The remnants of Tropical Cyclone have been lingering in the Southern Pacific Ocean for days. On Dec. 10, the storm finally appeared more organized on satellite imagery providing forecasters with a strong indication that it may be reborn as a tropical cyclone. NASA-NOAA’s Suomi NPP satellite passed over the Gulf of Carpentaria and saw the storm.
On Dec. 10 at 0100 UTC (Dec. 9 at 8 p.m. EST), Owen’s remnants were located near 16.1 degrees south latitude and 144.6 degrees east longitude, approximately 282 nautical miles east-northeast of Mornington Island, Australia, and just west of the northern tip of Queensland.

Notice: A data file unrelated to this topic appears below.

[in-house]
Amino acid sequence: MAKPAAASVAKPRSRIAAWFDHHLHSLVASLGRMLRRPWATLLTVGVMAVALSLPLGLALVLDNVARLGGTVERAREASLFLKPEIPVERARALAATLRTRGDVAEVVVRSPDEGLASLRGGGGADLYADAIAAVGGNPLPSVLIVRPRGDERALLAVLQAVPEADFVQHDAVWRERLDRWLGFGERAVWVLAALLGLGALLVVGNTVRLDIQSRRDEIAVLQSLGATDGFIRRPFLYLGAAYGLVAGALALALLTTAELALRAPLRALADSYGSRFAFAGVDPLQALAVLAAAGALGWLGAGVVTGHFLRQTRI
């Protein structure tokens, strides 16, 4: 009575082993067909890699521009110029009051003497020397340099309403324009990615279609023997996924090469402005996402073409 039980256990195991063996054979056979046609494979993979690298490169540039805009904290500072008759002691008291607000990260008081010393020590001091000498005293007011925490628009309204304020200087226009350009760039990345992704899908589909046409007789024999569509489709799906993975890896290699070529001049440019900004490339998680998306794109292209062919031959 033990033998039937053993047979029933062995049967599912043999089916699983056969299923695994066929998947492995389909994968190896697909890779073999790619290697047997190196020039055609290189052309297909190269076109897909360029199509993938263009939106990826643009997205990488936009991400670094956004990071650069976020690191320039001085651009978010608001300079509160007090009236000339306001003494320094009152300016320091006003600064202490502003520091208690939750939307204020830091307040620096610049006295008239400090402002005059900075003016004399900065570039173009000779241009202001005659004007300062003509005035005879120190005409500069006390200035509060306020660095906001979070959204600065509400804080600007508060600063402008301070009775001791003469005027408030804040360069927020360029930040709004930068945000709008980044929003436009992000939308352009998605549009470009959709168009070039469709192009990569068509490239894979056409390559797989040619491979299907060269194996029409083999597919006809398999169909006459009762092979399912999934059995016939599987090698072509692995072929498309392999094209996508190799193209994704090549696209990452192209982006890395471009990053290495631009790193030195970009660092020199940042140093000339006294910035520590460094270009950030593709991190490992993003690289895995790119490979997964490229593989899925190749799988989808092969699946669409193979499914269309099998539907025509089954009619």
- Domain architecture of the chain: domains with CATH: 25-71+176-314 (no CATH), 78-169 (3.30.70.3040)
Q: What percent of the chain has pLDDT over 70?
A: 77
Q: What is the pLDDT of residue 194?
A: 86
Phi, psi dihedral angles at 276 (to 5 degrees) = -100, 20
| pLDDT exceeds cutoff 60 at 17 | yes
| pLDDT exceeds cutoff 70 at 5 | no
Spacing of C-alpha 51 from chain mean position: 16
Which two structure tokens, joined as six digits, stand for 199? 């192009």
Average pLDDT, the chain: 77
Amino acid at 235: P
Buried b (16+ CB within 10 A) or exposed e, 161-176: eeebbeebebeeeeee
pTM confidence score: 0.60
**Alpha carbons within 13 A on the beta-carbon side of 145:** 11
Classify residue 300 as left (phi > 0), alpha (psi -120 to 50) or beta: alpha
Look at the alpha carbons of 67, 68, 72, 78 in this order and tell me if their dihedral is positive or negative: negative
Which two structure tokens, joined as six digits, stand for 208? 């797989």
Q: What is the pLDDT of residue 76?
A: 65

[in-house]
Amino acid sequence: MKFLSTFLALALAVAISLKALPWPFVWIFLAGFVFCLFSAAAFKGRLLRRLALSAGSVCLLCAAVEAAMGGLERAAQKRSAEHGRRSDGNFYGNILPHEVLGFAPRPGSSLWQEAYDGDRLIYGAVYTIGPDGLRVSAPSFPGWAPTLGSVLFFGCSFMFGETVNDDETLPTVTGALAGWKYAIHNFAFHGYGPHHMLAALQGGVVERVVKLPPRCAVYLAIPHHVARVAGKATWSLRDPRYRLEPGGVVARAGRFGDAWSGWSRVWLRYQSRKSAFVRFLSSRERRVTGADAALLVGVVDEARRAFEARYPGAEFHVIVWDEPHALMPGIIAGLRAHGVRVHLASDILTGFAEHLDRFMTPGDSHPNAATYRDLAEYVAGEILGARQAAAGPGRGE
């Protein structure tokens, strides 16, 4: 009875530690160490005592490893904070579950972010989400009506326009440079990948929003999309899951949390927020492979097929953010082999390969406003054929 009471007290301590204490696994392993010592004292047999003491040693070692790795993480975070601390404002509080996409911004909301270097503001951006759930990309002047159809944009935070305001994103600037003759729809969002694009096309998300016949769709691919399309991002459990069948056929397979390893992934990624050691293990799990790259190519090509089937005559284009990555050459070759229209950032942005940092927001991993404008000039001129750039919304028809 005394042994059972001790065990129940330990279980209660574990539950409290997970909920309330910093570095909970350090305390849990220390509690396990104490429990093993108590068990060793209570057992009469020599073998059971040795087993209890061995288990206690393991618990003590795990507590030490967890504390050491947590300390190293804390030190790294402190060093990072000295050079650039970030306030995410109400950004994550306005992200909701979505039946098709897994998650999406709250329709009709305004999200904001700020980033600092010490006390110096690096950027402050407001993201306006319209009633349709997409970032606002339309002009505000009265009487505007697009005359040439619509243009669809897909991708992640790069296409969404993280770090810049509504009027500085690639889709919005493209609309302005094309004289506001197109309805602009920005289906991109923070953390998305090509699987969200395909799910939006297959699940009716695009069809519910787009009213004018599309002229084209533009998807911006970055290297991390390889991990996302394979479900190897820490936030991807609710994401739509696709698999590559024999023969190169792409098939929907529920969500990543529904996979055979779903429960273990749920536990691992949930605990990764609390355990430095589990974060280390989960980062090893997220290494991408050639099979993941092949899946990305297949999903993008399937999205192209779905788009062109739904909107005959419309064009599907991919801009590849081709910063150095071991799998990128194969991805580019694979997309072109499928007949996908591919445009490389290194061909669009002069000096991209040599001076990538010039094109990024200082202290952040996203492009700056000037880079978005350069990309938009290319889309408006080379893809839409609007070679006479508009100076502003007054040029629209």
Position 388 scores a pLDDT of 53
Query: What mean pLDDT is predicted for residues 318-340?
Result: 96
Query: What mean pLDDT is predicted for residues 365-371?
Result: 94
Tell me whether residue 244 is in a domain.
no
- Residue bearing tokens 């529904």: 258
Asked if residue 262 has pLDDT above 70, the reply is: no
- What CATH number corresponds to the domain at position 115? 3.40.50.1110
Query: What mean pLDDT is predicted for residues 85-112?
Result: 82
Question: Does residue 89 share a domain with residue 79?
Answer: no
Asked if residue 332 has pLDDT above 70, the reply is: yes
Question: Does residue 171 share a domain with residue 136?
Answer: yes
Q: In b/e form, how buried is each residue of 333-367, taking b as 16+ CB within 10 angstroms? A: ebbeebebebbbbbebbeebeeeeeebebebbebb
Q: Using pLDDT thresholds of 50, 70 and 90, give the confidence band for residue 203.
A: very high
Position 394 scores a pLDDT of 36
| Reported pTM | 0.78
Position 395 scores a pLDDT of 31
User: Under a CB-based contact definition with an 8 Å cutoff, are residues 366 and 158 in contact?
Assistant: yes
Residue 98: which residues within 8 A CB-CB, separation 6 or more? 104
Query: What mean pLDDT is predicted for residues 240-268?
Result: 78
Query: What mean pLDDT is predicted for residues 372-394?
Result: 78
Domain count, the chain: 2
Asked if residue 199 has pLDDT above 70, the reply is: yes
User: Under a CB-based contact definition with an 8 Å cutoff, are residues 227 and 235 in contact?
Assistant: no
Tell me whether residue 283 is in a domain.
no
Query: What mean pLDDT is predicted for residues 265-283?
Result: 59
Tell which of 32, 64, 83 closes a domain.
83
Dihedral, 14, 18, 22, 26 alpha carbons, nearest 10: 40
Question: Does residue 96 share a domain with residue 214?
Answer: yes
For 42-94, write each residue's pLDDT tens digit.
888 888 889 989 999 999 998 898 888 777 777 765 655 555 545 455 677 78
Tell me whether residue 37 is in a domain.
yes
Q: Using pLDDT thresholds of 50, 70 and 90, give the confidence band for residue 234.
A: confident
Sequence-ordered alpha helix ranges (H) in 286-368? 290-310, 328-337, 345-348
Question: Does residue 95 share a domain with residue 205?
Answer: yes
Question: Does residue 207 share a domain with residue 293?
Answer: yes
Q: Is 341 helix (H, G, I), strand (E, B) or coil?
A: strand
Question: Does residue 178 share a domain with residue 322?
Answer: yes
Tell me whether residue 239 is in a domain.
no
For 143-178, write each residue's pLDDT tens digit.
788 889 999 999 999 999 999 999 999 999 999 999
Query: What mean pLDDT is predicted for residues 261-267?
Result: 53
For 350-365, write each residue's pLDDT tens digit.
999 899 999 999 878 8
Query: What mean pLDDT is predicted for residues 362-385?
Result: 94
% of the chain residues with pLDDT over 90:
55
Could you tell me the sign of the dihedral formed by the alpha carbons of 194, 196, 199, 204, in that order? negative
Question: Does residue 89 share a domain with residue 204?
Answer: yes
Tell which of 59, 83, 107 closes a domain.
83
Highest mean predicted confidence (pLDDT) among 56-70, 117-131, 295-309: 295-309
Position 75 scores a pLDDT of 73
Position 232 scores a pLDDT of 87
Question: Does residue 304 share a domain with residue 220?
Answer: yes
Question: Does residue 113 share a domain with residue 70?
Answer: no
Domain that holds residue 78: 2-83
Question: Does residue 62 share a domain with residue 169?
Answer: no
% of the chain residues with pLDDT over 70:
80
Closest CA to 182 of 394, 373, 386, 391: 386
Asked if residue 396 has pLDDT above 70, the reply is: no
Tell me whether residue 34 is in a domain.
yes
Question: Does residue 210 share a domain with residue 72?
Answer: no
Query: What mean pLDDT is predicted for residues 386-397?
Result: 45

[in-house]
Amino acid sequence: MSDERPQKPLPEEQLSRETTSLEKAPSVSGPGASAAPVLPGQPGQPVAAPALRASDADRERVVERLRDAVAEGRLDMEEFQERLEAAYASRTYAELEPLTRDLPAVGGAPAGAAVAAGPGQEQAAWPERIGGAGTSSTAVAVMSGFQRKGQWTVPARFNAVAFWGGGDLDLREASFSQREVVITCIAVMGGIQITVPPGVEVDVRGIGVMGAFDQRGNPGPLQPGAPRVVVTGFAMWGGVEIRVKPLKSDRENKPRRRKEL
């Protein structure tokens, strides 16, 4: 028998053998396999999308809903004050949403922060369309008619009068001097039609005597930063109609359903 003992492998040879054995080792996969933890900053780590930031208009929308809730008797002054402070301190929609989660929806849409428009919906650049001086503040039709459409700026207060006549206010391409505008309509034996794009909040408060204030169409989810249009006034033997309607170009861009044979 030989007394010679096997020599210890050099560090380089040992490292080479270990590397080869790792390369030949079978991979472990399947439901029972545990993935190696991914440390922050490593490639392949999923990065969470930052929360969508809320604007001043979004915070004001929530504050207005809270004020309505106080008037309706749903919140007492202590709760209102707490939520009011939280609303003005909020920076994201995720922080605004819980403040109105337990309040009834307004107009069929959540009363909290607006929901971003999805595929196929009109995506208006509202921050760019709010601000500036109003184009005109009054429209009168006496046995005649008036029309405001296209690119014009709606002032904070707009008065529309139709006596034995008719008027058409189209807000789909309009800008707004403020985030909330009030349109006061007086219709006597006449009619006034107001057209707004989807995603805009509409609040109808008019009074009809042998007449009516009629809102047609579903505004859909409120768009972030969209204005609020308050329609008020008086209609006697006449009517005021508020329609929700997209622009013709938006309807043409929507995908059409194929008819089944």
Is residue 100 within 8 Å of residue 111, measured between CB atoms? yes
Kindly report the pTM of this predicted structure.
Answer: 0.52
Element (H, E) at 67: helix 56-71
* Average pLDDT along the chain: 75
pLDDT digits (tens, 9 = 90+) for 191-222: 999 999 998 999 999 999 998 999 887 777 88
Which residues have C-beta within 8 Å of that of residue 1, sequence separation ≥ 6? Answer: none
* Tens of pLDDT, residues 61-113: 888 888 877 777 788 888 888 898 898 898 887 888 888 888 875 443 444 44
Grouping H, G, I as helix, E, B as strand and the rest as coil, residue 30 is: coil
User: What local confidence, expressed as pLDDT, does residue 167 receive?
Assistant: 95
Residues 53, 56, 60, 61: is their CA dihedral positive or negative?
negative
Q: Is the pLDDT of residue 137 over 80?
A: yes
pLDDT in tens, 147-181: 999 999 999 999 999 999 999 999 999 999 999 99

On Dec. 10 at 0410 UTC (Dec. 9 at 11:10 p.m. EST, the Visible Infrared Imaging Radiometer Suite (VIIRS) instrument aboard NASA-NOAA’s Suomi NPP satellite analyzed the remnants. VIIRS revealed a consolidating low level circulation center with deep convection building over the center.
The Joint Typhoon Warning Center noted: “Sea surface temperatures in the Gulf of Carpentaria are conducive for future tropical cyclone development. Multiple [computer forecast] models indicate development over the next 24-36 hours with a westward trajectory.”
By Rob Gutro
NASA’s Goddard Space Flight Center